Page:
The greatest power of the mass media is the power to ignore. The worst thing about this power is that you may not even know it's being used.
From: New World Order
The new world order emanates from a mandarin class that is neither left or right. Its members often are the sort of which it has been said that when they are alone in a room, there is no one there. In such a culture the marketplace of ideas essentially shuts down. There is no longer any real politics, only deals. No victories, only leveraged buyouts. No ideology; only brand loyalty. No conservative and liberal, only Coke and Pepsi.
The system that envelops us becomes normal by its mere mass, its ubiquitous messages, its sheer noise. Our society faces what William Burroughs called a biologic crisis -- "like being dead and not knowing it." The unwitting dead -- universities, newspapers, publishing houses, institutes, councils, foundations, churches, political parties -- reach out from the past to rule us with fetid paradigms from the bloodiest and most ecologically destructive century of human existence. What should be merely portraits on the wall of our memories run our lives still, like parents who retain perpetual hegemony over the souls of their children.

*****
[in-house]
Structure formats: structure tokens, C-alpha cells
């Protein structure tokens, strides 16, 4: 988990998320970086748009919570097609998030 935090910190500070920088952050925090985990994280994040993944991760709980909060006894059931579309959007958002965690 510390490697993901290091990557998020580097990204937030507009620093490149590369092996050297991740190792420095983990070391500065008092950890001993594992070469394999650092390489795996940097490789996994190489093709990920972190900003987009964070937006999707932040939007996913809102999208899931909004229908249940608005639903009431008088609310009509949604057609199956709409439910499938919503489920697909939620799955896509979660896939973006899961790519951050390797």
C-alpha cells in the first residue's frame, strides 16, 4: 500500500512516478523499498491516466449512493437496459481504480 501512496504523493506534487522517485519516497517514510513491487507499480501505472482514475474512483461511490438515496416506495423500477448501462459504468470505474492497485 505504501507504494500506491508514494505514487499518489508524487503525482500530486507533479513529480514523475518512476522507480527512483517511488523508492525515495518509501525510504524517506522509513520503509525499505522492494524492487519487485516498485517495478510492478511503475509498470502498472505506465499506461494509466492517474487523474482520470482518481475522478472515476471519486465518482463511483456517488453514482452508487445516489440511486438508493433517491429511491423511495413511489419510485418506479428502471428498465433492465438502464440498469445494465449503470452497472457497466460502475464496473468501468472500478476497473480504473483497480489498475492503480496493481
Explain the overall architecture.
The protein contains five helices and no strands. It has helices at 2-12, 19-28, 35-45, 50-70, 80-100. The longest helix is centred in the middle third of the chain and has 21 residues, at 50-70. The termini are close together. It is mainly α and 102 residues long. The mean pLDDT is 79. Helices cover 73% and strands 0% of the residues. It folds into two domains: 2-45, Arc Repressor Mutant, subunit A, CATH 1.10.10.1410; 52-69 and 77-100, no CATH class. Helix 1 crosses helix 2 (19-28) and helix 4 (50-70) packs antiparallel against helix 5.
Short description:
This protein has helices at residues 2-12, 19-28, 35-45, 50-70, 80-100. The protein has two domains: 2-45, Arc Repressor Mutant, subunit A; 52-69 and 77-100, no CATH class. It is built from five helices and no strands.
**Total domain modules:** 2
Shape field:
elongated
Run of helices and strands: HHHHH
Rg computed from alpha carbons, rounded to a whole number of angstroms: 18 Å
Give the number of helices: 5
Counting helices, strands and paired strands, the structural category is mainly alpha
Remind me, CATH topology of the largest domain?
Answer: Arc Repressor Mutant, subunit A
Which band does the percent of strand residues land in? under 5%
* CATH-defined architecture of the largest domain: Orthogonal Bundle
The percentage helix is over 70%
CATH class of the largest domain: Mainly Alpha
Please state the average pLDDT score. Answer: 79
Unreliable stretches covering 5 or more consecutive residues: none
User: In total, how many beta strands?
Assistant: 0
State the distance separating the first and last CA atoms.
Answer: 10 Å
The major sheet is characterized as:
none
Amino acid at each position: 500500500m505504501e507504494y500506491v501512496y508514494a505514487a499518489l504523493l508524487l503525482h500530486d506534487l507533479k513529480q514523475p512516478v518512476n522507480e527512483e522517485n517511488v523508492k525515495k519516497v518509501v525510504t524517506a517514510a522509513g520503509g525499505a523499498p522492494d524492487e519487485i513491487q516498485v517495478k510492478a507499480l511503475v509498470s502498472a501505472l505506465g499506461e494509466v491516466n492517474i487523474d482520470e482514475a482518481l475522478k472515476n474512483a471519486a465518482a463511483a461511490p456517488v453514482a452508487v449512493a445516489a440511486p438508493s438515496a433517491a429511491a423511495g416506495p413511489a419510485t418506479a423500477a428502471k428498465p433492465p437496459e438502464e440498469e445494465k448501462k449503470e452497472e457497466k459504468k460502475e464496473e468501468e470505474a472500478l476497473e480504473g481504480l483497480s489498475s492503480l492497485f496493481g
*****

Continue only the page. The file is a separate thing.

Why bother? Only to be alive. Only to be real, to be made not just of what we acquire or our adherence to instruction, but of what we think and do of our own free will. Only, Winston Churchill said, to fight while there is still a small chance so we don't have to fight when there is none. Only to climb the rock face of risk and doubt in order to engage in the most extreme sport of all -- that of being a free and conscious human. Free and conscious even in a society that seems determined to reduce our lives to a barren pair of mandatory functions: compliance and consumption.
Life is a endless pick-up game between hope and despair, understanding and doubt, crisis and resolution.
AND a song:
We first heard this version of Paul Simon's lovely American Tune via the BBC Radio i-tune thingie. Paul Simon's own version could hardly be bettered, but I do like Kurt Ellings's renditon too. It's on his album 1619 Broadway: The Brill Building Project. He's actually a jazz singer, but sings this one straight-up, it'd be a crime to do otherwise!
Snip from the 1970s lyrics, still apt in 2012....
But it's all right, all right,
We've lived so well so long
Still, when I think of the road we're traveling on,
I wonder what went wrong,
I can't help it
I wonder what went wrong.